An alternative combination therapy with metronidazole, clindamycin and doxycycline for Babesia gibsoni (Asian genotype) in dogs in Hong Kong

Almendros, Angel, Burchell, Richard, and Wierenga, Janelle (2020) An alternative combination therapy with metronidazole, clindamycin and doxycycline for Babesia gibsoni (Asian genotype) in dogs in Hong Kong. Journal of Veterinary Medical Science, 82 (9). pp. 1334-1340.

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Abstract

Babesia spp. are globally distributed hemoparasites that cause disease in many mammalian species. The species Babesia gibsoni (Asian genotype) is prevalent and endemic in many Asian countries but has also been reported in growing numbers in countries outside of Asia. Standard therapies for the treatment of B. gibsoni often fail to result in consistent and successful clearance of the organism. This study evaluated the use of a combination of three antibiotics: metronidazole, clindamycin and doxycycline after atovaquone and azithromycin failed to eliminate the infection on a polymerase chain reaction (PCR) test. The aim of this study was to determine whether the triple antibiotic combination was an appropriate alternative or additional treatment for the elimination of B. gibsoni. The medical records of 24 patients treated from December 2012 to July 2015 were retrospectively analyzed. The diagnosis of B. gibsoni was confirmed with a PCR test that was also used to assess treatment response. All patients were initially treated with the standard therapy, atovaquone and azithromycin with a 25% success rate clearing B. gibsoni. Dogs that remained positive on PCR using the standard therapy were then treated with the triple antibiotic protocol achieving an 87% success rate. The inclusion of an alternative and potentially effective protocol for the treatment of B. gibsoni would increase the options for the current therapeutic options, could aid in clearance of the organism and offer a more affordable option for clients.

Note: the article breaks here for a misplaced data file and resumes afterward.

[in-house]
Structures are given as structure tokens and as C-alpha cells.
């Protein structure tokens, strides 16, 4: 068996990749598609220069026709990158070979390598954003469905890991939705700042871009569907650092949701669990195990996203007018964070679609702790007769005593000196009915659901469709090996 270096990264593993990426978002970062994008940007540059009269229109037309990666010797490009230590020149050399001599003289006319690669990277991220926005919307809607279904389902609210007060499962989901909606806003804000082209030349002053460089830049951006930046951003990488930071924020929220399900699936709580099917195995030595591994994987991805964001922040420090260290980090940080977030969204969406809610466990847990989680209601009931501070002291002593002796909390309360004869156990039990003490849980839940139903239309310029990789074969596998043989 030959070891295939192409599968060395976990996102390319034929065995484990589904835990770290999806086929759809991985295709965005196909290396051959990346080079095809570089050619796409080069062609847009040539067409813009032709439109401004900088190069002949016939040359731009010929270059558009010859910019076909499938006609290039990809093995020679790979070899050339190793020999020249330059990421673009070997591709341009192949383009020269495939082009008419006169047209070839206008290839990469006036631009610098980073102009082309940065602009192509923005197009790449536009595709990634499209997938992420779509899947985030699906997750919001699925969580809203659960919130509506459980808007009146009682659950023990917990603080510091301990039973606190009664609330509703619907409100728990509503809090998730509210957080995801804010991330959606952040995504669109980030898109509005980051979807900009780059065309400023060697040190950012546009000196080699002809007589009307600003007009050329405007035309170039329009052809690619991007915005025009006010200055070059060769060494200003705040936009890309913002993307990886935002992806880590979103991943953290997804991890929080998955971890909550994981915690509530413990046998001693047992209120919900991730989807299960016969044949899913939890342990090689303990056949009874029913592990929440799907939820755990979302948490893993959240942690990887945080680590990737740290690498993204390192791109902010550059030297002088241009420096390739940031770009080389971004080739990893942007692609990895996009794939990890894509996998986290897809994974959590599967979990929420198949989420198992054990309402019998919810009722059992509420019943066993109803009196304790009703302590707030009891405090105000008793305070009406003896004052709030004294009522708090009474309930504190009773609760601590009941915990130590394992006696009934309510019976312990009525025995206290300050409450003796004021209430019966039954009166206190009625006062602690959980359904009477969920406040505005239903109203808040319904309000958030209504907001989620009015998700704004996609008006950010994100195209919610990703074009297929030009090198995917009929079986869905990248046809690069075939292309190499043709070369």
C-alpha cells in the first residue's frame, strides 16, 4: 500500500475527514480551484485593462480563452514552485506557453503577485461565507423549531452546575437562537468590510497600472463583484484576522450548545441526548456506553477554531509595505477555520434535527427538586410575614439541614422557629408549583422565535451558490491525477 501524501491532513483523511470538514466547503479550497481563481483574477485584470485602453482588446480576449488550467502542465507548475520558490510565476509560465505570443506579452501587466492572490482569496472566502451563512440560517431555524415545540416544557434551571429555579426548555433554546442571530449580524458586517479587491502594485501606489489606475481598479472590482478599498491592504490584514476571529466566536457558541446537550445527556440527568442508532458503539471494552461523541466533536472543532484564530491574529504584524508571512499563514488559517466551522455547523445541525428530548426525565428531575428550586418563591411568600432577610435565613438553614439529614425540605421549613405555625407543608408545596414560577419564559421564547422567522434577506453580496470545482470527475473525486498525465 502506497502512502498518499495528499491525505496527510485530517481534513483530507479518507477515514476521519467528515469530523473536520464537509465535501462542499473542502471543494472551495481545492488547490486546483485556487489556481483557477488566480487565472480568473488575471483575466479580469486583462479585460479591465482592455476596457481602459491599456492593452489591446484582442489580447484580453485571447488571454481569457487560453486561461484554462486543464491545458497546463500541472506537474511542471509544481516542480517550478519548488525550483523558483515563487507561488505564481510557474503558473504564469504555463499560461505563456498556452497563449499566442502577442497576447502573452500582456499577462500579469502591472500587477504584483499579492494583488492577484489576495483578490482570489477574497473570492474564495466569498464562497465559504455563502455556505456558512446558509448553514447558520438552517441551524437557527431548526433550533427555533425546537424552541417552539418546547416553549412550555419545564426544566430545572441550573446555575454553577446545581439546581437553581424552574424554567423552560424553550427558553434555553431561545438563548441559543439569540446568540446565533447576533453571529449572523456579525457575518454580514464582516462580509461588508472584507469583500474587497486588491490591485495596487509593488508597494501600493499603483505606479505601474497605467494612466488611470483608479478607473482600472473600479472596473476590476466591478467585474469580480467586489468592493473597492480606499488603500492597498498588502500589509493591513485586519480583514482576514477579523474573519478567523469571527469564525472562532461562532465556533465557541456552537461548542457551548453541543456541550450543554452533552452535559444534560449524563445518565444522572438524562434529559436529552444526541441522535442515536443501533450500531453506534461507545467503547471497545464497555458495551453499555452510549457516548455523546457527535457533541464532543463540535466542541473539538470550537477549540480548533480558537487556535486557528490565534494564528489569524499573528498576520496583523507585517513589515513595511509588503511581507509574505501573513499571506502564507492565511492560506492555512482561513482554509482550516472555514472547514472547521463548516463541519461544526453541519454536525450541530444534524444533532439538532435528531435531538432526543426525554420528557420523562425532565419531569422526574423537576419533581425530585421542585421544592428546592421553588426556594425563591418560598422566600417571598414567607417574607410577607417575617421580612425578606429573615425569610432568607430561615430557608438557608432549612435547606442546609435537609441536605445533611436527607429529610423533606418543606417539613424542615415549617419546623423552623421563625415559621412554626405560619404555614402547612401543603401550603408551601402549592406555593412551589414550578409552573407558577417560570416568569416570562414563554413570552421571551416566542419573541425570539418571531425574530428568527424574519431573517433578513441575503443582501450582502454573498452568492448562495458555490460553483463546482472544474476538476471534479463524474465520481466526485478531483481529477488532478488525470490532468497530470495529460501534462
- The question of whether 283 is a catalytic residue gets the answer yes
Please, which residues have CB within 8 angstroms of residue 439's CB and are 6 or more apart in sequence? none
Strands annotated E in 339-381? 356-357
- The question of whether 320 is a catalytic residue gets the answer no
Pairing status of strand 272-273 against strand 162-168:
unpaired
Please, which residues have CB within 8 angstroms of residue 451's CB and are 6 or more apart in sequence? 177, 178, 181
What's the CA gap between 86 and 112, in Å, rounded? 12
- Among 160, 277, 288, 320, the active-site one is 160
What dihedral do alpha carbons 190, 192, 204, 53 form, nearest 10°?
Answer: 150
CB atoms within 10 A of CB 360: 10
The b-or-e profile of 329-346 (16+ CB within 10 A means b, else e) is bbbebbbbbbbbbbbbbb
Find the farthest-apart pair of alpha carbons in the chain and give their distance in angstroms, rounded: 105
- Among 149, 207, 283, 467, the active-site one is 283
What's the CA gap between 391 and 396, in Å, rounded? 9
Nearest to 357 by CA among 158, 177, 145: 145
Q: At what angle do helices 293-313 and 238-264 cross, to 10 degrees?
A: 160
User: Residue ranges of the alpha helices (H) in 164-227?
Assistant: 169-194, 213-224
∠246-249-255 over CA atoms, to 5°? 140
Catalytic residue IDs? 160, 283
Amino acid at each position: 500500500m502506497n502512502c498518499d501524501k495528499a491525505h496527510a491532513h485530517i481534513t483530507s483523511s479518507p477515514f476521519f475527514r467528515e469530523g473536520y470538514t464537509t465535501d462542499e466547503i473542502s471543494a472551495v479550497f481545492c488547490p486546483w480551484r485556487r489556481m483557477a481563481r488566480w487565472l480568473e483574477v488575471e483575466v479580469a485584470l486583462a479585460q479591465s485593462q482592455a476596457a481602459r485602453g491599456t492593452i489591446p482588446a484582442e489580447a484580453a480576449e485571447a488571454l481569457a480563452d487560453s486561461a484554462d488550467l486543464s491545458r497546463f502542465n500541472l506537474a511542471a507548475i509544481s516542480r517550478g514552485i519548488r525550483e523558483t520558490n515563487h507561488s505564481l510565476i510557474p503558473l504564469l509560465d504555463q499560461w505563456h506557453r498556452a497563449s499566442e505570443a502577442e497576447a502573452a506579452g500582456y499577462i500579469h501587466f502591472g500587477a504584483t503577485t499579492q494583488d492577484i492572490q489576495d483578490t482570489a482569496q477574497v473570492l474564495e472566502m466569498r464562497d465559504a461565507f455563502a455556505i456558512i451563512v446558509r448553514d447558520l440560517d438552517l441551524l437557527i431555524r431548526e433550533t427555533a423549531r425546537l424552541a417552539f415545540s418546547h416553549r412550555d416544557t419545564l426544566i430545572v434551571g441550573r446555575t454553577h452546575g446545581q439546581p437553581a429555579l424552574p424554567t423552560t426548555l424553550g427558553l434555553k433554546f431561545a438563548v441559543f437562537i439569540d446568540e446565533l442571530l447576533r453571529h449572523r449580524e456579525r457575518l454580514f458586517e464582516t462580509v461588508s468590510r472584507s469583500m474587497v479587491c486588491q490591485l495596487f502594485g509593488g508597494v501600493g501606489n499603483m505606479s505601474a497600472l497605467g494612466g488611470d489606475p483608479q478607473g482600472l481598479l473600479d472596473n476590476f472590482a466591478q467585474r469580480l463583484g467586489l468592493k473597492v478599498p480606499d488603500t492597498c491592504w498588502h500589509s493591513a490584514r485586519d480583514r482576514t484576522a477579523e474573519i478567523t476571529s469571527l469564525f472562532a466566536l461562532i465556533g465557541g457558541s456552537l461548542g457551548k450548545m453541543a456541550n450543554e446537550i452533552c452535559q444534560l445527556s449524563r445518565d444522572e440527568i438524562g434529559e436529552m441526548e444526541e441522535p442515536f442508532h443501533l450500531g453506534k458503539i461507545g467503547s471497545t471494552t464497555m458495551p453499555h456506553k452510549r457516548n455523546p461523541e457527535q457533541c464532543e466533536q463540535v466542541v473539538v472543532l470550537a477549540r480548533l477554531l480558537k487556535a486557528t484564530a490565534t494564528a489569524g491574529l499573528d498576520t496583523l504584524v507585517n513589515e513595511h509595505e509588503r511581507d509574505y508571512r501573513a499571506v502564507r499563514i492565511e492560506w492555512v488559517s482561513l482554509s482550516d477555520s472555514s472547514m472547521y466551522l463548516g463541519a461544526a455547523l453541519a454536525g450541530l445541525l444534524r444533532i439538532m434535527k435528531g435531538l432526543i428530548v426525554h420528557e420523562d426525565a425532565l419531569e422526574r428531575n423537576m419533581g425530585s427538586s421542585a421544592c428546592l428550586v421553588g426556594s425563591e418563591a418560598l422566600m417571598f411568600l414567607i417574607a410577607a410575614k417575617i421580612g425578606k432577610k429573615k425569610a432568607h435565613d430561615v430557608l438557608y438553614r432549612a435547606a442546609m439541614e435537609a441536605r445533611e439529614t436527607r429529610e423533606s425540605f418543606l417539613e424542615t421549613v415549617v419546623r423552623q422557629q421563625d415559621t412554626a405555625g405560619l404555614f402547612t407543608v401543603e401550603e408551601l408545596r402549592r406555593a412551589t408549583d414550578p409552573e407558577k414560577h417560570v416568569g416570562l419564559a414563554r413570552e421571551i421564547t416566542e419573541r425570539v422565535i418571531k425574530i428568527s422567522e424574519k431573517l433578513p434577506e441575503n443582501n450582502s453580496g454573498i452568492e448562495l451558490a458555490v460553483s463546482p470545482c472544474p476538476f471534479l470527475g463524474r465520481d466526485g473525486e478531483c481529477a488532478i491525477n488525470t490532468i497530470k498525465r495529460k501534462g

Item ID: 66186
Item Type: Article (Research - C1)
ISSN: 1347-7439
Keywords: babesia, infectious diseases, protozoan infection, therapy, tick-borne disease
Copyright Information: © 2020 The Japanese Society of Veterinary Science. This is an open-access article distributed under the terms of the Creative Commons Attribution Non-Commercial No Derivatives (by-nc-nd) License. (CC-BY-NC-ND 4.0: https://creativecommons.org/licenses/by-nc-nd/4.0/)
Date Deposited: 09 Dec 2020 07:38
FoR Codes: 30 AGRICULTURAL, VETERINARY AND FOOD SCIENCES > 3009 Veterinary sciences > 300909 Veterinary parasitology @ 100%
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